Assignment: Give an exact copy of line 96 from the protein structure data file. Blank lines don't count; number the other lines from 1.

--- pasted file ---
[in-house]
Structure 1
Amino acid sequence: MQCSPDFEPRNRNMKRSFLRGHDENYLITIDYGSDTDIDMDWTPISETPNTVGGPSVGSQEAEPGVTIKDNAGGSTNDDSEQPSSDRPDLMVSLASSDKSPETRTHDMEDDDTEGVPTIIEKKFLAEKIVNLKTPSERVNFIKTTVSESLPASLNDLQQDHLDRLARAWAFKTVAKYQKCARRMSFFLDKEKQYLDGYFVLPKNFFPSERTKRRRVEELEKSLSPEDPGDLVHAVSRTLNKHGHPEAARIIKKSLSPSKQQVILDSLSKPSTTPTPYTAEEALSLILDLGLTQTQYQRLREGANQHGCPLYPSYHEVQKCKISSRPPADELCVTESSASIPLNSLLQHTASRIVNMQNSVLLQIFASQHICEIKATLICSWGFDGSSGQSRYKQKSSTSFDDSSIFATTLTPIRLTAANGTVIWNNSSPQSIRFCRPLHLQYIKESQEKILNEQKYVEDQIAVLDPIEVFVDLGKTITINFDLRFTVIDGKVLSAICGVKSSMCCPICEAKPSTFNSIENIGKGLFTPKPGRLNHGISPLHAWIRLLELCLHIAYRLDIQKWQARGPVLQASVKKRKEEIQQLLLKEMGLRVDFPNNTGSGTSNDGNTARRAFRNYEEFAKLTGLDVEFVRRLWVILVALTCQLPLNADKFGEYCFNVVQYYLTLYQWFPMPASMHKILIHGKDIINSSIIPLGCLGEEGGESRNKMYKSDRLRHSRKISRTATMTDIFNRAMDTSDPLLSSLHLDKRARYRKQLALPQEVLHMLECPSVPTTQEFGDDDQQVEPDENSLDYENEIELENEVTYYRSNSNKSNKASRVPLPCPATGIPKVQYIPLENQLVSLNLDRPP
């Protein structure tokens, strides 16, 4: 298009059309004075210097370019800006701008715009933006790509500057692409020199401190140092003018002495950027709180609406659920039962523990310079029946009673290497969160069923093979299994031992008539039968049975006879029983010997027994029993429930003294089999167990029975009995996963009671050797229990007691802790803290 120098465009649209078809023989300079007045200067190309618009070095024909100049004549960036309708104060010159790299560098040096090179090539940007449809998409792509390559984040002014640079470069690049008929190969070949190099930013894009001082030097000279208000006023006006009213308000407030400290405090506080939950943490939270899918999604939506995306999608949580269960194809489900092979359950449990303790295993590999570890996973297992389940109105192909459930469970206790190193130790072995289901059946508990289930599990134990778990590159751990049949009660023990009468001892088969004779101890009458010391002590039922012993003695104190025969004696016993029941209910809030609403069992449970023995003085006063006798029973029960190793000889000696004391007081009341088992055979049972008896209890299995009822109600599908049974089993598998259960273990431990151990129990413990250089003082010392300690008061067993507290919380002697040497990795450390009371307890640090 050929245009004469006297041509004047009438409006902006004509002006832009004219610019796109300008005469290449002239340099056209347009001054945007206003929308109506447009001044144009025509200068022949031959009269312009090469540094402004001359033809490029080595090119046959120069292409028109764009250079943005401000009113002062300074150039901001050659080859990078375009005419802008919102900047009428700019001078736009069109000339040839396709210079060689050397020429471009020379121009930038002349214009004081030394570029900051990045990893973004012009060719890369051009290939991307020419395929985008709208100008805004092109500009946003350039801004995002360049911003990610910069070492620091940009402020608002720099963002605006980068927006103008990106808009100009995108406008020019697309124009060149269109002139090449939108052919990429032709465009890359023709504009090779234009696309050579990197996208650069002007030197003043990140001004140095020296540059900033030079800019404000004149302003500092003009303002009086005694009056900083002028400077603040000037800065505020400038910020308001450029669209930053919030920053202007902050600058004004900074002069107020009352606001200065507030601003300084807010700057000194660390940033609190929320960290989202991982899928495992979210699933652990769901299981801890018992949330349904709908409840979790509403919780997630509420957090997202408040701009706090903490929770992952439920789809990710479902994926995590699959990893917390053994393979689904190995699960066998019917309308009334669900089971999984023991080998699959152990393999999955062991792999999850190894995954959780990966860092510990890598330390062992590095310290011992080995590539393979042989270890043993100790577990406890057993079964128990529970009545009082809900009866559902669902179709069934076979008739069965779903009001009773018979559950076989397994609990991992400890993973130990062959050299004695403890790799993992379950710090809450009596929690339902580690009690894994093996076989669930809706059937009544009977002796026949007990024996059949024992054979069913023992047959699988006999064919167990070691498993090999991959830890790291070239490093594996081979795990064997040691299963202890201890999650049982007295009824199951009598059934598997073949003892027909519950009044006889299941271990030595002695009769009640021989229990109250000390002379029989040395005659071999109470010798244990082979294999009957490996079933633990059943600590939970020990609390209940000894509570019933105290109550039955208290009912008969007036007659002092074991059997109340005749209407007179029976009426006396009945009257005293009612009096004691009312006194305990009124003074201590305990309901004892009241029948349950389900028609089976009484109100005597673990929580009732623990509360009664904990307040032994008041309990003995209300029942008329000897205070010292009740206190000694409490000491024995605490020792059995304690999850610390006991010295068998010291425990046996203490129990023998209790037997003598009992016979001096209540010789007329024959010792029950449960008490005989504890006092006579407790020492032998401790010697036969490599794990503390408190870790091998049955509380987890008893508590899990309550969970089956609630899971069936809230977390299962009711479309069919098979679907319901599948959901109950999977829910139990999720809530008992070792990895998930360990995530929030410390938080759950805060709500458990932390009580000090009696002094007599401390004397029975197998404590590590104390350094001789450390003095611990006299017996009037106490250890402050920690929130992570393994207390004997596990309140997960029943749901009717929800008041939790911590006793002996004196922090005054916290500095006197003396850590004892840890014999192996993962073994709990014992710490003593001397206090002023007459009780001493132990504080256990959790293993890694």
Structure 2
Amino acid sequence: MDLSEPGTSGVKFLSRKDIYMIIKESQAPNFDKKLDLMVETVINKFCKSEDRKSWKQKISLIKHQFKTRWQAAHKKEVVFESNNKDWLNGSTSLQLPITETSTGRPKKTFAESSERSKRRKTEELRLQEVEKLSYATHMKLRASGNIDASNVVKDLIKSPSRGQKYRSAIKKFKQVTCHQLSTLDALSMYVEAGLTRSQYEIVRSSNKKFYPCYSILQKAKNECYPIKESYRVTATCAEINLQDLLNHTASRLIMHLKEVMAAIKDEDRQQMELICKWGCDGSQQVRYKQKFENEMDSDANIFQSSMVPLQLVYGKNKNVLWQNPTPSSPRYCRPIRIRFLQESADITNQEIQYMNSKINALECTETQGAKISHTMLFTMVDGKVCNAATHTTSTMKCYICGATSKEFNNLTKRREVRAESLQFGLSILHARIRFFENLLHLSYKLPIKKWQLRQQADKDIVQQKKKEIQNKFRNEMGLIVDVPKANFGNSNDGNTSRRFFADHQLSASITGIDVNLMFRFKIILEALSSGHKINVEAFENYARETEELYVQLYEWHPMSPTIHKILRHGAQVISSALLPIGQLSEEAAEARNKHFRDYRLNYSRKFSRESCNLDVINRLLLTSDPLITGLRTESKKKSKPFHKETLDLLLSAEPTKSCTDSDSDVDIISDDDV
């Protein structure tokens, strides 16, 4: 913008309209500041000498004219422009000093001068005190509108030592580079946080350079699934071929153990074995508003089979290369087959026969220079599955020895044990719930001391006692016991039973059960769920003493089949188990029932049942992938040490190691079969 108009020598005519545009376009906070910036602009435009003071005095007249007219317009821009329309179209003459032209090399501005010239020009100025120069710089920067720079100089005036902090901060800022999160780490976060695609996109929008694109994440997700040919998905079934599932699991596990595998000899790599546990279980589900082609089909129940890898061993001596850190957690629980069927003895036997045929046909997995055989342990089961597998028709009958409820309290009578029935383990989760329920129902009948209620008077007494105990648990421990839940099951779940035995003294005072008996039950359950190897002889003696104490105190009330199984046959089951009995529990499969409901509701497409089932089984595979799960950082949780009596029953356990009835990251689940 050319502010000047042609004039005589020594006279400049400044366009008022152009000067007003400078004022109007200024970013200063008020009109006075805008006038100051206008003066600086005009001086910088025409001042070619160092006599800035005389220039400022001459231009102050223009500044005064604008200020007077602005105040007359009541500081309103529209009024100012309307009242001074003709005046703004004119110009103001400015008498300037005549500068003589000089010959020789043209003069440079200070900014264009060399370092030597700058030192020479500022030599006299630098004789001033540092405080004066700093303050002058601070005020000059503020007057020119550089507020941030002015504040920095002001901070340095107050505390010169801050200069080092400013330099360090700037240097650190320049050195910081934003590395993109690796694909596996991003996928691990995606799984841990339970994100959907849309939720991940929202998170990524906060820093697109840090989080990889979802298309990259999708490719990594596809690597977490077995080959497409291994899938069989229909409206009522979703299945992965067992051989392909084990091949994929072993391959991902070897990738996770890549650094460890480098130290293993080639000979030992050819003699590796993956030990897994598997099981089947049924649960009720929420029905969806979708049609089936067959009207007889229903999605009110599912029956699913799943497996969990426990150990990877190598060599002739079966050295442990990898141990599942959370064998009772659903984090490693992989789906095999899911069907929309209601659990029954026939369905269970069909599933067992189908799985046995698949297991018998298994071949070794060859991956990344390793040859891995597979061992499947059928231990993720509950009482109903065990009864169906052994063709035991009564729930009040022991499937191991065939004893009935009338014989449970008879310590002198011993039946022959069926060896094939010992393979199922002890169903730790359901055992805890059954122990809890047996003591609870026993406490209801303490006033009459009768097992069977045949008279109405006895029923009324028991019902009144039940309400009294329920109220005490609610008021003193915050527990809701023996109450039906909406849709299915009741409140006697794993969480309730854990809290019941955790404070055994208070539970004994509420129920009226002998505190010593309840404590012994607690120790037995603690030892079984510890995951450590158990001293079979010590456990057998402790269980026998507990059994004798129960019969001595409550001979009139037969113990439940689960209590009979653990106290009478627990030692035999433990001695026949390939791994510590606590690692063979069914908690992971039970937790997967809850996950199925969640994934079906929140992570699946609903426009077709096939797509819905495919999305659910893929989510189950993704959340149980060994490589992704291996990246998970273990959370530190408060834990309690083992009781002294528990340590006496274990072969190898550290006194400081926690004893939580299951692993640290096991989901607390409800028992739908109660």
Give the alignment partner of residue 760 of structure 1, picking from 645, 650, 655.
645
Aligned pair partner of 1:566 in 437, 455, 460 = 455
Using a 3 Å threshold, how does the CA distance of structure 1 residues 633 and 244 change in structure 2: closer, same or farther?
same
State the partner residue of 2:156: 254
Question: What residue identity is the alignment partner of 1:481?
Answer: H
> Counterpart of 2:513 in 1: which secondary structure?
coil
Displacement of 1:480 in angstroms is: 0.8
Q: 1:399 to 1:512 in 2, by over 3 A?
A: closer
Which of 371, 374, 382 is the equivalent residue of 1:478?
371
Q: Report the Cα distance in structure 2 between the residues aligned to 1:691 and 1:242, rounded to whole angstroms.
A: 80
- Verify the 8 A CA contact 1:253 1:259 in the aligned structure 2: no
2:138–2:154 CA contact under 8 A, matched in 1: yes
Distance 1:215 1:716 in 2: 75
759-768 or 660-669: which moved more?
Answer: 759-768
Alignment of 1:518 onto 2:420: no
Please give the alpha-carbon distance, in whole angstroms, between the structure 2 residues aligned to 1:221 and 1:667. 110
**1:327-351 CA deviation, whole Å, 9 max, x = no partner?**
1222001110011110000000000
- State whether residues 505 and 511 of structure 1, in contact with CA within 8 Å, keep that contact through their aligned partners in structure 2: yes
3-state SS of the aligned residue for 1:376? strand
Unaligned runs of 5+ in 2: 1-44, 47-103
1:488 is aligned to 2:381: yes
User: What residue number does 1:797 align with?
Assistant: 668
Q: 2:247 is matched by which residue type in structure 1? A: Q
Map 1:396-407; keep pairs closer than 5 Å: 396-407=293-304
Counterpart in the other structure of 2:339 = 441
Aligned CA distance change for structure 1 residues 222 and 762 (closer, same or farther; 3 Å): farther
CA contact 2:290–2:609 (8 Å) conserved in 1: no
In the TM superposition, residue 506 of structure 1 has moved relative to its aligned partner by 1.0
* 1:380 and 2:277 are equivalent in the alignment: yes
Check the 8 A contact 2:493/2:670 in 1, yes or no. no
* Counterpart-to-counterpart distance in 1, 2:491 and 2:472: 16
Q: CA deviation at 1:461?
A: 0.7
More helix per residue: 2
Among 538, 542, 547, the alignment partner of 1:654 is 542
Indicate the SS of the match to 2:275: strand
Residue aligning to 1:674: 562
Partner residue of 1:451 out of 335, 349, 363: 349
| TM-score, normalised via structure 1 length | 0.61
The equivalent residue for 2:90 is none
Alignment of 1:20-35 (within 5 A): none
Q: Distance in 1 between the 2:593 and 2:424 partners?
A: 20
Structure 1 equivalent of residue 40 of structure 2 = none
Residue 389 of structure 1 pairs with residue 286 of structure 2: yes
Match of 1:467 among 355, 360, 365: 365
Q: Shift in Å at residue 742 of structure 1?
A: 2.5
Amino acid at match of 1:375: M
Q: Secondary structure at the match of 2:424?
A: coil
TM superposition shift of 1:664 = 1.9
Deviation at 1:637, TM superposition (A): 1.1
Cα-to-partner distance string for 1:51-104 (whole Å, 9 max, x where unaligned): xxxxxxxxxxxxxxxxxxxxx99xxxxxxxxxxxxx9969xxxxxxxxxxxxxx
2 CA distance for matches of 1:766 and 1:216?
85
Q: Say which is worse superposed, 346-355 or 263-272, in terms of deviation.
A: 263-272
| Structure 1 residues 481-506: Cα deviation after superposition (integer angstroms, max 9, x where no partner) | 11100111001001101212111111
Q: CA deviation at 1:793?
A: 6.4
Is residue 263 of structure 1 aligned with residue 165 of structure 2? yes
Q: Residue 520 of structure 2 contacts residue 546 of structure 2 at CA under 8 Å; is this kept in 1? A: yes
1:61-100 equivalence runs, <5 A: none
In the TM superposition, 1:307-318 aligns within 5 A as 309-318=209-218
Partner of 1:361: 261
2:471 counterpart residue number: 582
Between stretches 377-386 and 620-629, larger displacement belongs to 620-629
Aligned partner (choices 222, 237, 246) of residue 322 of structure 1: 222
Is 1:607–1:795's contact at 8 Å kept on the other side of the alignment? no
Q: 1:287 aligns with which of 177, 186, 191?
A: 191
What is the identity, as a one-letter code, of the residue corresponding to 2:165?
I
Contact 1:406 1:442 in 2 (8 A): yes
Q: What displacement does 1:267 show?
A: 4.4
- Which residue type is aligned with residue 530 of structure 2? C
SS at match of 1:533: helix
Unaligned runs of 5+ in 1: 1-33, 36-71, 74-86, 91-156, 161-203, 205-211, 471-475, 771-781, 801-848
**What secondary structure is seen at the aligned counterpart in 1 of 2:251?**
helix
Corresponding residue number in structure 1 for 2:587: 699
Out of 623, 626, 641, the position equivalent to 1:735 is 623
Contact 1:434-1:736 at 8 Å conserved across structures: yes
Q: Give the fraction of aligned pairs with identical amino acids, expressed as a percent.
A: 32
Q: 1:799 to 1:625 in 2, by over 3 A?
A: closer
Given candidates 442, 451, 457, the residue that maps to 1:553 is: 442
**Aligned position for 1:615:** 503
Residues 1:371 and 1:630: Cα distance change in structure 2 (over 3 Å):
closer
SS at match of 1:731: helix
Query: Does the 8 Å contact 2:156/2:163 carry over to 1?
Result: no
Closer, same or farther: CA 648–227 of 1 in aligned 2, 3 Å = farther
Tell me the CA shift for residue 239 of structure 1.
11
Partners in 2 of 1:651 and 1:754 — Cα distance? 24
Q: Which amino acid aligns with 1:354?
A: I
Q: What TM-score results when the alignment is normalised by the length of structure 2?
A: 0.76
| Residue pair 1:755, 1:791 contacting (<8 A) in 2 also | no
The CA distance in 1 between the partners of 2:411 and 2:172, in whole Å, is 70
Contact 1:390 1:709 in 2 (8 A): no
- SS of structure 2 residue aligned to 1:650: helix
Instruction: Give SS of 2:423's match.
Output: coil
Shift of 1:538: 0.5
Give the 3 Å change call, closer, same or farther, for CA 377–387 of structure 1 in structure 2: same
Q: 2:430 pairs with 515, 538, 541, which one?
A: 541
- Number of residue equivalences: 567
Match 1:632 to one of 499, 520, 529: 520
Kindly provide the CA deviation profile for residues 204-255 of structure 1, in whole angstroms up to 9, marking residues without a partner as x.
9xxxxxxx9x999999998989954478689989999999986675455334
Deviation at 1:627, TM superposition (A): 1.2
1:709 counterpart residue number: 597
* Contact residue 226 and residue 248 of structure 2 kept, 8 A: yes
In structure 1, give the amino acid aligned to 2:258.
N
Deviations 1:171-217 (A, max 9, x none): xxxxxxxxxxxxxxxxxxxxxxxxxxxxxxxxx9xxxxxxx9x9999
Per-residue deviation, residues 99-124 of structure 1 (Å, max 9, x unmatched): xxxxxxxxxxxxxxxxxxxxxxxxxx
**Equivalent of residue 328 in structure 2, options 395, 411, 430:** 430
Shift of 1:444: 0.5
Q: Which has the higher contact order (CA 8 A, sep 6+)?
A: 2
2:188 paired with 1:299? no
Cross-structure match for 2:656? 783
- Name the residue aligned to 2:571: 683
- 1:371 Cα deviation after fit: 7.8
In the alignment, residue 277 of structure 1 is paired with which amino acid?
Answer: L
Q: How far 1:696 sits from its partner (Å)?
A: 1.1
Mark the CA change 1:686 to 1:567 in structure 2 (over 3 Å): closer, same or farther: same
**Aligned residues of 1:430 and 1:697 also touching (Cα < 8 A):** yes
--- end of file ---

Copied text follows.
SS at match of 1:533: helix